‘Four-year degree’ a flexible deadline

Week 10: Pace

I cringe a little when I hear the term “four-year degree” bandied about. Sure, “bachelor’s” isn’t much better; it conjures up images of dirty dishes piled high in the sink, not a successful adult heading off into the world. “Bachelor’s” may have an incongruous meaning, but that, to my mind, is far better than the constricting meaning of “four-year.”

Because of my position as a teaching assistant, I see a wave of freshmen in my class each semester who are racing the clock. They HAVE to get into their major. They HAVE to take calculus to do that. They HAVE to get a good grade.

And they HAVE to do this as soon as possible.

For some students, that’s fine. They excelled at math in high school, they thrive under the pressure, they enjoy the challenge, or what have you.

But for the rest, it’s as though that four-year pseudo-deadline is hovering just over their heads at every moment, waiting to crush them — whether through the fear of failing to achieve their life’s goals or through the mounting student loans.

“Four-year degree” puts education in a box: You are to learn exactly this much in exactly this much time, just like everyone else, and failing to do so means you are falling behind. And that is simply not a realistic belief for any student to have.

In grade school, one can expect a certain amount of uniformity in each class. Students at a school tend to stay at that school. Students at a high school come from a small selection of grade schools. Because of this, schools can tailor their education very tightly: They know all students have been exposed to roughly the same information.

But at college, that’s gone. No longer are you likely to have lived halfway across town from your classmates; in college, you are not surprised to see a classmate who came from half-way across the globe. There’s no more uniformity to be had, certainly not in educational background.

And the moment students hit college, their paths diverge even more. Students who shared a majority of courses in high school may now not share any besides the most general of Gen. Ed. courses.

There’s no reason to expect that everyone will work through their degree at the same pace, and many don’t. I’m one of those crazies who did my degree in three years. (Because I HAD to get to graduate school. Because I HAD to challenge myself. Etc., etc.)

But there’s a large difference in getting a degree quickly versus slowly. My pace brands me as a nerd (a title I wear with distinction, thank you very much). But we have a large social stigma for the other side: Along with failing to get a degree or getting a degree in a “worthless” subject, we frown on taking too long to get a degree. There’s a mild stigma to being a fifth-year senior, greater still for sixth-year and beyond.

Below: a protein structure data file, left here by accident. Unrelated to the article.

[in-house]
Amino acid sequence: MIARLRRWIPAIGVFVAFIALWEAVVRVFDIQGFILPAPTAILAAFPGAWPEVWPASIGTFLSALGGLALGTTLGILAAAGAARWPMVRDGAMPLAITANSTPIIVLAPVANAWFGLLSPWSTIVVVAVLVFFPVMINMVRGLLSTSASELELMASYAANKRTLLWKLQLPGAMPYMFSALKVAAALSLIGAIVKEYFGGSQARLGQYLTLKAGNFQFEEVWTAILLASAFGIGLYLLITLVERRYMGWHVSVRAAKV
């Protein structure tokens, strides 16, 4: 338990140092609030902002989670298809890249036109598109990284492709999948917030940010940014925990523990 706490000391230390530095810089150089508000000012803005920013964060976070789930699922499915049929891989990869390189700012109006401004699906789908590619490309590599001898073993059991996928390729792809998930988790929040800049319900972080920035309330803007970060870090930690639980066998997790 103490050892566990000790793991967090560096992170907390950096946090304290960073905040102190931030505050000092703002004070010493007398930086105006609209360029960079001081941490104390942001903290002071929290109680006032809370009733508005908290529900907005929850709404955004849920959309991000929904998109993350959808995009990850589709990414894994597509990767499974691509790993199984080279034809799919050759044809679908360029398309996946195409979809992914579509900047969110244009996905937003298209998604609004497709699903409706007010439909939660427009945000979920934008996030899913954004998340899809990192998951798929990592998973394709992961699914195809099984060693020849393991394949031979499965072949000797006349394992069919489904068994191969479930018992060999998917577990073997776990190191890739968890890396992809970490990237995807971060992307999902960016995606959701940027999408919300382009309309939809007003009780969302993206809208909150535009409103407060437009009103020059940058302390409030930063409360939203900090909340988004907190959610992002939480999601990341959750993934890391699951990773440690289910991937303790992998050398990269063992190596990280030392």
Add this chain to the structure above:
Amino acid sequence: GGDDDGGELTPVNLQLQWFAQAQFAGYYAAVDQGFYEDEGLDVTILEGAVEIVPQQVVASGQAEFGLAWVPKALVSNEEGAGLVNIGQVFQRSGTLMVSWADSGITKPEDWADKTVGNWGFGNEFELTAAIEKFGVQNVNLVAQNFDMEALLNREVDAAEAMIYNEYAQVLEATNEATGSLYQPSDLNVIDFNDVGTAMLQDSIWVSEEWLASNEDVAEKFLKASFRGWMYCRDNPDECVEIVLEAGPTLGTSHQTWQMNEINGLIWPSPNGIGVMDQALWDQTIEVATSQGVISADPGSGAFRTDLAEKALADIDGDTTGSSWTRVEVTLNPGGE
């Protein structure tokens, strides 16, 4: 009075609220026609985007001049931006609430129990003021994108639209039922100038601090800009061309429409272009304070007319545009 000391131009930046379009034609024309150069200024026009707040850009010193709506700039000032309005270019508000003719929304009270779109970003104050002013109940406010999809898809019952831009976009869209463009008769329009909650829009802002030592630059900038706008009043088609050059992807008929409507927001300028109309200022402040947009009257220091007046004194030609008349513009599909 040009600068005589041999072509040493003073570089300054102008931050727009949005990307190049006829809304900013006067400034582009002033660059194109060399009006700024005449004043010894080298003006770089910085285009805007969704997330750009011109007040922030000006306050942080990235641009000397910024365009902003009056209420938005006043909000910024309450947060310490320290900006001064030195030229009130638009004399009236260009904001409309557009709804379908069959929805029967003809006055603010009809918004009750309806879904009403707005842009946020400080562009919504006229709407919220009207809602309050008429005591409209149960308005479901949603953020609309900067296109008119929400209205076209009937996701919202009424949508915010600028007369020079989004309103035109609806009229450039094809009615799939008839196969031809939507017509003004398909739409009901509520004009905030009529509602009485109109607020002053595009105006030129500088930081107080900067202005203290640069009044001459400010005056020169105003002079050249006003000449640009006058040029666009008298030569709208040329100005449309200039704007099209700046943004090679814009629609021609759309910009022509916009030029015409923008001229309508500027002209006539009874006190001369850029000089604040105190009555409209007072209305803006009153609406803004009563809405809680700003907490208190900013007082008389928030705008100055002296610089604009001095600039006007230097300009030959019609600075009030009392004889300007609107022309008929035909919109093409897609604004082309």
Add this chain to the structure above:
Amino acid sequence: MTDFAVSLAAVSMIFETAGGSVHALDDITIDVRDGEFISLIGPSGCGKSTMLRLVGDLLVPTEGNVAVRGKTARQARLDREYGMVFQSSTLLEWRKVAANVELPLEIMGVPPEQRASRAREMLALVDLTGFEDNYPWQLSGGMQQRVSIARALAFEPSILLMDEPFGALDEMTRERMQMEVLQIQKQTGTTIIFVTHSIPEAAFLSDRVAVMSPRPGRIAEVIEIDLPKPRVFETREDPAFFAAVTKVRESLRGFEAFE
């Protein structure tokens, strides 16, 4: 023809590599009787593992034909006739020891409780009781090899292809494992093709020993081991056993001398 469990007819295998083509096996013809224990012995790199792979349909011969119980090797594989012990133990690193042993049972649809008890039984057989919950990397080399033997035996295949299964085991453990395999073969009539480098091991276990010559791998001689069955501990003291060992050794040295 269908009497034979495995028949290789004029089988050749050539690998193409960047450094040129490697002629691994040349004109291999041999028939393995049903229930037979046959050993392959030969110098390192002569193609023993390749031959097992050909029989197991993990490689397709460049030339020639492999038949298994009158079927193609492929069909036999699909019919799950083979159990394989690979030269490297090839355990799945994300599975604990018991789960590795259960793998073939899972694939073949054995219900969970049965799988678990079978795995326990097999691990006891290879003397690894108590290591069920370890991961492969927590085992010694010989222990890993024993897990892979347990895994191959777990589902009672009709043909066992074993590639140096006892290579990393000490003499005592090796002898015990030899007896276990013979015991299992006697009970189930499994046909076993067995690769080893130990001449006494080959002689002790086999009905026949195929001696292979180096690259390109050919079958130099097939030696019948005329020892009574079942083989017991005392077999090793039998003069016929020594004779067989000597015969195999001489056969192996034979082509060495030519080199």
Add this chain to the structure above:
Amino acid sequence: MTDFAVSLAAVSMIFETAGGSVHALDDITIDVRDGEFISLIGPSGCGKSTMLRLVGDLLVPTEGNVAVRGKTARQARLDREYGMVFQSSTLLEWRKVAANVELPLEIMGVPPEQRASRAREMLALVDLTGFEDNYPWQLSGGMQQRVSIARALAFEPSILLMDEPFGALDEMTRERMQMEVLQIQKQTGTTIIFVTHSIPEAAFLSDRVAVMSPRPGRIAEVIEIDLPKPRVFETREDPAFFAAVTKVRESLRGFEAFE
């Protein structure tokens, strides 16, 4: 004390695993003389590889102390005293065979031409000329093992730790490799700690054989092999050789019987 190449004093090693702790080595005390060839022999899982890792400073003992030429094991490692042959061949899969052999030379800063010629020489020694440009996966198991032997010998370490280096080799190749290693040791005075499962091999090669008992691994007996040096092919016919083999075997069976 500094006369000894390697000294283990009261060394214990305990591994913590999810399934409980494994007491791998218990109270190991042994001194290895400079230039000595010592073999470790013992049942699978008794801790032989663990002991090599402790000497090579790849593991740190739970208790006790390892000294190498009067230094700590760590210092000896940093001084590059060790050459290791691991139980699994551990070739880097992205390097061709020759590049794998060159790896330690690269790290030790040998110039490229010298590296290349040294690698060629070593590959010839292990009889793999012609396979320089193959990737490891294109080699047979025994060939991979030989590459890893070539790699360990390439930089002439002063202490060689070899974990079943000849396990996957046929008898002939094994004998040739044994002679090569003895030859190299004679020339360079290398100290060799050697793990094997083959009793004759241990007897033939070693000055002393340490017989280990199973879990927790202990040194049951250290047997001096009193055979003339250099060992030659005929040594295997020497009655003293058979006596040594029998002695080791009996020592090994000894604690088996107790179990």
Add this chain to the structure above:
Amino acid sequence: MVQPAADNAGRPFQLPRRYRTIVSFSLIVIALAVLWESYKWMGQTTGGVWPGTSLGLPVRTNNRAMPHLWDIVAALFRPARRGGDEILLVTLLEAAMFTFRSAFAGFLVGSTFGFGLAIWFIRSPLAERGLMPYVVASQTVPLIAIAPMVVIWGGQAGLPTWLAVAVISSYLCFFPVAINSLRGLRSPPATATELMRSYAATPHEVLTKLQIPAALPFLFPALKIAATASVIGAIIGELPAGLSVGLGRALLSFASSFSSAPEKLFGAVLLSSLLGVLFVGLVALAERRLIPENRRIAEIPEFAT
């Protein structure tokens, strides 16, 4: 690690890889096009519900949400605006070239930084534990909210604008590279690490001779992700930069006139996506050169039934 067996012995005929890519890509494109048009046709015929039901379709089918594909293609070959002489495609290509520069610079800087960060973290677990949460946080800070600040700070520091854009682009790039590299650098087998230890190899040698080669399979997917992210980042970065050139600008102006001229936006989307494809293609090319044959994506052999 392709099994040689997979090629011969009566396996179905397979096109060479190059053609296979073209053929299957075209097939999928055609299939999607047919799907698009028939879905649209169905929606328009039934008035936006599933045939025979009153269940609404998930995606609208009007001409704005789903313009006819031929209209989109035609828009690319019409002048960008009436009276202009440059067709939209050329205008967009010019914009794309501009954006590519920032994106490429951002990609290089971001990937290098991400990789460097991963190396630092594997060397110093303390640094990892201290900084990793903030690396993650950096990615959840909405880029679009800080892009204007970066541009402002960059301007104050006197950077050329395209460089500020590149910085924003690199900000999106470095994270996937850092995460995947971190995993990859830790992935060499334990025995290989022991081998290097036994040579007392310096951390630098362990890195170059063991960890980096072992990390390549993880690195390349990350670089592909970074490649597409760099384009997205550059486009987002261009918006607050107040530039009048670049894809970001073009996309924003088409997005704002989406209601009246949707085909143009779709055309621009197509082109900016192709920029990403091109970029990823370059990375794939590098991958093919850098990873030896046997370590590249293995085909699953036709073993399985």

And I don’t like that. Four years is a good guideline, a reasonable expectation, not the de facto interpretation of college.

I try to pass that instruction on to my students who are worried: There’s no shame in brushing up on the fundamentals. I would much prefer a student delay my course for a semester and build up their skills and confidence, rather than continue to struggle through mine half-comprehending. I would much prefer a student correct things now than retake courses, hire tutors, or suffer chronic low grades down the road.

The system isn’t out to get anyone. We know that students change their majors, pick up minors, bob and weave their way through courses as they decide what to do with their lives. There is flexibility built right into the system. The deadlines, the minimum required course load, the recommendations of advisers — they exist not because every student MUST know their path from the beginning. They exist to keep students from stalling midway.

If you don’t know where you want to end up, pick a direction and make a step toward it each semester. If you change what you want, change the direction you step in.

That way, you’ll end up somewhere, even if it’s not where you set out to reach.

_Joseph is a graduate student._